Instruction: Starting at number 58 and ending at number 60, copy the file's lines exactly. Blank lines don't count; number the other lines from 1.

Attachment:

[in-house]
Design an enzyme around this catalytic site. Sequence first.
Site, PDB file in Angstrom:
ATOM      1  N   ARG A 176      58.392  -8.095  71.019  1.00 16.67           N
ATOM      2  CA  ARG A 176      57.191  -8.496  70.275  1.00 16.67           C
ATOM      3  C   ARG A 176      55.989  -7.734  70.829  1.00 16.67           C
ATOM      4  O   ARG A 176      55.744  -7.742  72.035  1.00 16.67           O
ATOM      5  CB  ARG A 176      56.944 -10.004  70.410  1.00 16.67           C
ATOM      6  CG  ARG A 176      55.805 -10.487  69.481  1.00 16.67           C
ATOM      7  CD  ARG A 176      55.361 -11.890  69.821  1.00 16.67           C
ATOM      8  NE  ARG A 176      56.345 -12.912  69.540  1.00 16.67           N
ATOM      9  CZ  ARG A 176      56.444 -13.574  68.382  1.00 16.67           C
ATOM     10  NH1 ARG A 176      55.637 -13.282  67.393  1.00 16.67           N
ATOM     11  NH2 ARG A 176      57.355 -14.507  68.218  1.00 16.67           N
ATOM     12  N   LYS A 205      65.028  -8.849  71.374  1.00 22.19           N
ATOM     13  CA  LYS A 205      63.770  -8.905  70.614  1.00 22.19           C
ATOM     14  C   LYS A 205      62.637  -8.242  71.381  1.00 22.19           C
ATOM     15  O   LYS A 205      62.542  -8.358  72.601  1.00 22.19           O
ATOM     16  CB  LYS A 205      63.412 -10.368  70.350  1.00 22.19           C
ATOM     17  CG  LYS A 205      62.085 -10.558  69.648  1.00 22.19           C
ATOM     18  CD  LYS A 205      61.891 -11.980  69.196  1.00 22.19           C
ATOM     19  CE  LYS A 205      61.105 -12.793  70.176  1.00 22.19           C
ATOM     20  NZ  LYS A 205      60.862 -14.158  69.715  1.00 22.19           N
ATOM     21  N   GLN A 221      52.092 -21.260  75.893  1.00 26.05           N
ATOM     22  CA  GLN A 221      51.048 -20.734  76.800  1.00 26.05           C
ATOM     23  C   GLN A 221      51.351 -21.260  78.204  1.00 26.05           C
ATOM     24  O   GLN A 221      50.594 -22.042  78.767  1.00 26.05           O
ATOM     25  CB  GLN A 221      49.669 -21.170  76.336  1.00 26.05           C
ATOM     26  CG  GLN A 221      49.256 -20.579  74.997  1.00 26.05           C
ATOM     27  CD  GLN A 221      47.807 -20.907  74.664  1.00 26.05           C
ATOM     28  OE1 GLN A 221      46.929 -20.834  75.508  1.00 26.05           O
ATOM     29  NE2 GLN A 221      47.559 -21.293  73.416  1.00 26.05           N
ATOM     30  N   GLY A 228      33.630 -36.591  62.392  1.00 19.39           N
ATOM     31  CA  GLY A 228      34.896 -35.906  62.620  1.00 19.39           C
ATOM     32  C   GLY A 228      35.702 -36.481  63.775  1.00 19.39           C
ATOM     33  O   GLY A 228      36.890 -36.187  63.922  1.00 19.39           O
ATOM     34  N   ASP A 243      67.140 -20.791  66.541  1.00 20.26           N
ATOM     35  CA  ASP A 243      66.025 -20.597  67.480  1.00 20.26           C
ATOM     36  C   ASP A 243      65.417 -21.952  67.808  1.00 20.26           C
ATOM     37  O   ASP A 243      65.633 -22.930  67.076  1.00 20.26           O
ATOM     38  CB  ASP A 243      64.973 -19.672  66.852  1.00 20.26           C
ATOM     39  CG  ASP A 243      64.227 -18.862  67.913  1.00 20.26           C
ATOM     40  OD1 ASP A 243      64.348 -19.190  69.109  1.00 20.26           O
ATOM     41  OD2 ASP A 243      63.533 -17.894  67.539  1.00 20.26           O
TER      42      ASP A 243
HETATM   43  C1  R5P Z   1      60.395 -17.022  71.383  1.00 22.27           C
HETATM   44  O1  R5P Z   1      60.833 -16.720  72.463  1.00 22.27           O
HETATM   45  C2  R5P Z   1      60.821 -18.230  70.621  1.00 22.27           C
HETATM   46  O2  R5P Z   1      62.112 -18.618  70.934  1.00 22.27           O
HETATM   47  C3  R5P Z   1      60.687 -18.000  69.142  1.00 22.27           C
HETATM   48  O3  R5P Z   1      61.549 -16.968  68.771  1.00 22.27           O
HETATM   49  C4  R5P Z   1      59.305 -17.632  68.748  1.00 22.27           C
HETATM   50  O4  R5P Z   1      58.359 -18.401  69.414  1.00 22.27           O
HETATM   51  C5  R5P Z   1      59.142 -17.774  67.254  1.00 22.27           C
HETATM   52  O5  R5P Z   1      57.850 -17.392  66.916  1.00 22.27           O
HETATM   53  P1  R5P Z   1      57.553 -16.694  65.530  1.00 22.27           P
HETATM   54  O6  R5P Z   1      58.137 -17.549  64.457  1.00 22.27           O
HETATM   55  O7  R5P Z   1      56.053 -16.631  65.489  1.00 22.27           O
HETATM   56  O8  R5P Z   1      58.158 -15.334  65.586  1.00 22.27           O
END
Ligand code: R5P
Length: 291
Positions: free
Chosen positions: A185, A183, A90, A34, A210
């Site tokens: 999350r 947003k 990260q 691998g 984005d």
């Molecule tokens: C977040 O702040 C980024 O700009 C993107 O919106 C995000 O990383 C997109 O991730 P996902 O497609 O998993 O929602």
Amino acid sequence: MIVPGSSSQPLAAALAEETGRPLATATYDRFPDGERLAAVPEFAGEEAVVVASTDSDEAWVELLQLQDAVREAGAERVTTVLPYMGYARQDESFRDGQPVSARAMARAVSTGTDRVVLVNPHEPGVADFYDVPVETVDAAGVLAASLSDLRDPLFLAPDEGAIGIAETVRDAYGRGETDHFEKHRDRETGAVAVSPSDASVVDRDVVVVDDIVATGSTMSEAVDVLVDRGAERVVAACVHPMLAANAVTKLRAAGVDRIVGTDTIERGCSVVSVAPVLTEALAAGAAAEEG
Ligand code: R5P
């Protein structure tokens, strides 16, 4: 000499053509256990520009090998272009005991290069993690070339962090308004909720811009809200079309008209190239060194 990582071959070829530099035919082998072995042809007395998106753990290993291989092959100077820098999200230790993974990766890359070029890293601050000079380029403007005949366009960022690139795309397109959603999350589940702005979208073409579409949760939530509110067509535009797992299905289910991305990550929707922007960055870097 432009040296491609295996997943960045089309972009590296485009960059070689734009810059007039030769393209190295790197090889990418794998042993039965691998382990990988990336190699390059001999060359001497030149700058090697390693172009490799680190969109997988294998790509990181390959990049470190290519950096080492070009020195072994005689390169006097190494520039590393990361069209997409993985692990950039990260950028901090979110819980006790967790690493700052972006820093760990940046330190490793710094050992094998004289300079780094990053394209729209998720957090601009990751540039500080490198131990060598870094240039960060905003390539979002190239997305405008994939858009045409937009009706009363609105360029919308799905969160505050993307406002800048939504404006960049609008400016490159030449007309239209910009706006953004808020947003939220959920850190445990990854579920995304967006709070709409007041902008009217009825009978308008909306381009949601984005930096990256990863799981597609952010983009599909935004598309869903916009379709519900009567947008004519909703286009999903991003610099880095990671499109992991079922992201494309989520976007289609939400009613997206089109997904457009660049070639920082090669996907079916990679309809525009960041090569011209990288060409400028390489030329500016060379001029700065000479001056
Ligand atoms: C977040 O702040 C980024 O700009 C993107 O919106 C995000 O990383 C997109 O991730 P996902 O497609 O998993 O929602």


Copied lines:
HETATM   55  O7  R5P Z   1      56.053 -16.631  65.489  1.00 22.27           O
HETATM   56  O8  R5P Z   1      58.158 -15.334  65.586  1.00 22.27           O
END